I will work to empower women: Shruti Choudhary (Interview, With Image)

May 31st, 2009 - 1:40 pm ICT by IANS  

Rahul Gandhi By Mayank Aggarwal
New Delhi, May 31 (IANS) She may have come into the public eye after her win in the recent general elections, but debutante MP Shruti Choudhary is a third generation politician who is determined to make a difference in parliament by focusing on issues like female foeticide that continue to plague her home state, Haryana.

Granddaughter of Bansi Lal, known as the strongman of Haryana and former chief minister, and daughter of Kiran Choudhary, minister in the Haryana cabinet, and the late Surinder Singh, also a state minister, Shruti Choudhary is clearly no stranger to the world of politics.

A lawyer by training who has practised in the Supreme Court and Delhi High Court, she has her priorities clearly laid out.

“My voice would be the voice of the farmers, as you know Haryana is an agriculture-based state. Another issue which I would address is the problem of female foeticide. I will work to empower women,” the 33-year-old told IANS, confident that she would help improve Haryana’s poor sex ratio of 864 women for 1,000 men. In many districts, one out of four girls is killed before or soon after birth, according to reports.

Choudhary also feels “very strongly” about environmental issues. “Environment is an important issue which needs to be addressed as it is so closely linked with mankind’s existence,” she said.

A graduate in arts from Delhi University and with a law degree from Agra University, Choudhary said she has been dabbling in politics for long.

“I have been campaigning with my father since the age of 16. My father and I used to divide his constituency into half each while campaigning. I have been quite connected with the people of my father’s constituency and have worked with the people at the grassroots level.”

“In fact, when my father died my grandfather put his ‘pagdi’ (turban) on my head, which was a big step. It was even covered by the foreign media,” she said.

“To do that in Haryana, which is male-dominated, in front of 200,000 people was a big step. That was the turning point in my life. Keeping the pagdi on the head is very meaningful, it means you take on whatever is left. All the people were extremely attached to my father. I had to live up to the people’s expectations from my father. ”

In north Indian tradition, a man’s turban is normally handed over to his son after his death, signifying that he would carry the mantle of the family.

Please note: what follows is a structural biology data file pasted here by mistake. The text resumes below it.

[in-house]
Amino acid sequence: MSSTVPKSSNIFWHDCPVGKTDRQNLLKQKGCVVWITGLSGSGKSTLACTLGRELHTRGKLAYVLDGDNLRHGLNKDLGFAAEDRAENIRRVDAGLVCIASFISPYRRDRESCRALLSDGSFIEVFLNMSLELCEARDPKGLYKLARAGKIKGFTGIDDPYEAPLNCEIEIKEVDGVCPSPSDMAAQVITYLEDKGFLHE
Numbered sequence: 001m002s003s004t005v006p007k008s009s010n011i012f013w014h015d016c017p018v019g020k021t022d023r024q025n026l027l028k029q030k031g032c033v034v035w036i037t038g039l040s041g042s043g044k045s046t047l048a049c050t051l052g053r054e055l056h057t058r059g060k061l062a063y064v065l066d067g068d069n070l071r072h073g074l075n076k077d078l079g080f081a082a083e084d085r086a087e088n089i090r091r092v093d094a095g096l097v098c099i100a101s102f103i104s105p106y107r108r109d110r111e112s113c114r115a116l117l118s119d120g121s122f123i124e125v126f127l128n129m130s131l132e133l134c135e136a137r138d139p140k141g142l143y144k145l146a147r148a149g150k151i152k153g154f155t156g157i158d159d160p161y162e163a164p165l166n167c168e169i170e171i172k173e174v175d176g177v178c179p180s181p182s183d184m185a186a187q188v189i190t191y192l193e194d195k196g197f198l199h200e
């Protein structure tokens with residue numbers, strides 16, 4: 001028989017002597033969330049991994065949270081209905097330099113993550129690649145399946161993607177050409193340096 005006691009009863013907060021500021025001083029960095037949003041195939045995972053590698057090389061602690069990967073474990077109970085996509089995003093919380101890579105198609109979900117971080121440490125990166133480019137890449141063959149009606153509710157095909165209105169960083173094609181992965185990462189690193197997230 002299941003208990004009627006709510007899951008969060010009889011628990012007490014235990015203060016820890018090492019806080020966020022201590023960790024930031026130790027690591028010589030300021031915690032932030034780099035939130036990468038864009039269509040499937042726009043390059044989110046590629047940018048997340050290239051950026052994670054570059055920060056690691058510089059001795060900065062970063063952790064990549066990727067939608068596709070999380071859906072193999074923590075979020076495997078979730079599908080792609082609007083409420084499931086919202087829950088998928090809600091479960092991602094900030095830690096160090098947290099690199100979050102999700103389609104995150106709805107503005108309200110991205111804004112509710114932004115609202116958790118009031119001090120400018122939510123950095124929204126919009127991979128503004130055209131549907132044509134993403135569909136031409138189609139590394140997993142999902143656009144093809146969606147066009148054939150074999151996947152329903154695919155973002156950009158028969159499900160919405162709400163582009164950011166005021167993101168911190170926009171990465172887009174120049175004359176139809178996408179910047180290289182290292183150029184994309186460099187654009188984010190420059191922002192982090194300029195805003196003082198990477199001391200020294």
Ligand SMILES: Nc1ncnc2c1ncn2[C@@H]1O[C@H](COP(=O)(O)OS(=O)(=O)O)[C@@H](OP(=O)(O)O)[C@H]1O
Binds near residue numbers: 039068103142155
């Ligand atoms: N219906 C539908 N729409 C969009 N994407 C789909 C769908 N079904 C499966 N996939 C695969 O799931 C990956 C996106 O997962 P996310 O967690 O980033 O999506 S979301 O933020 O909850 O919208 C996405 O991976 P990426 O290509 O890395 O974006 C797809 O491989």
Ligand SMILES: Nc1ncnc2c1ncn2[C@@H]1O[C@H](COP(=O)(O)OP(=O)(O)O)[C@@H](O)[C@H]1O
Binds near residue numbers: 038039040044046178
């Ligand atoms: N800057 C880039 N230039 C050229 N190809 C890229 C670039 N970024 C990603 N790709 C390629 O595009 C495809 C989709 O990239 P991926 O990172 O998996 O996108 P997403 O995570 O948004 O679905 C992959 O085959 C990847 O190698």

“He worked a lot for the people. The people saw me as their own daughter and wanted me to join politics.”

Choudhary’s campaign strategy was to establish direct contact with villages and hold group meetings. “On an average, it used to be 30-35 villages every day but sometimes the number of villages covered would be around 40-45. Big rallies were organised only during the last part of campaigning,” she said.

“My father and grandfather have worked a lot for people. It’s all people’s love for me and my family. It is the people’s victory,” she said.

She credits Congress general secretary Rahul Gandhi for the party’s electoral triumph.

“He has really worked very hard. He went to the grassroots directly and this is what people actually wanted. He has really galvanised the party cadre and brought the Congress to such a positive stage.”

Choudhary is not interested in social networking websites or travelling in fancy high-end cars. “Anything that moves, has an air conditioner and a music system, is fine for me,” she laughed.

On her habits, she said: “I like reading, writing and listening to Indian classical music. I have been trained in vocal.”

Choudhary, who got married to Delhi-based lawyer Arunabh Choudhary in 2003, also loves the theatre and enjoys going out to watch plays.

Asked if she would use theatre as a medium to spread the message of women’s empowerment in her constituency, she said: “In fact, that has already been done. My mother has done this in her constituency. The actors in these plays belong to the areas and speak to villagers on social issues.”

(Mayank Aggarwal can be contacted at mayank.a@ians.in)

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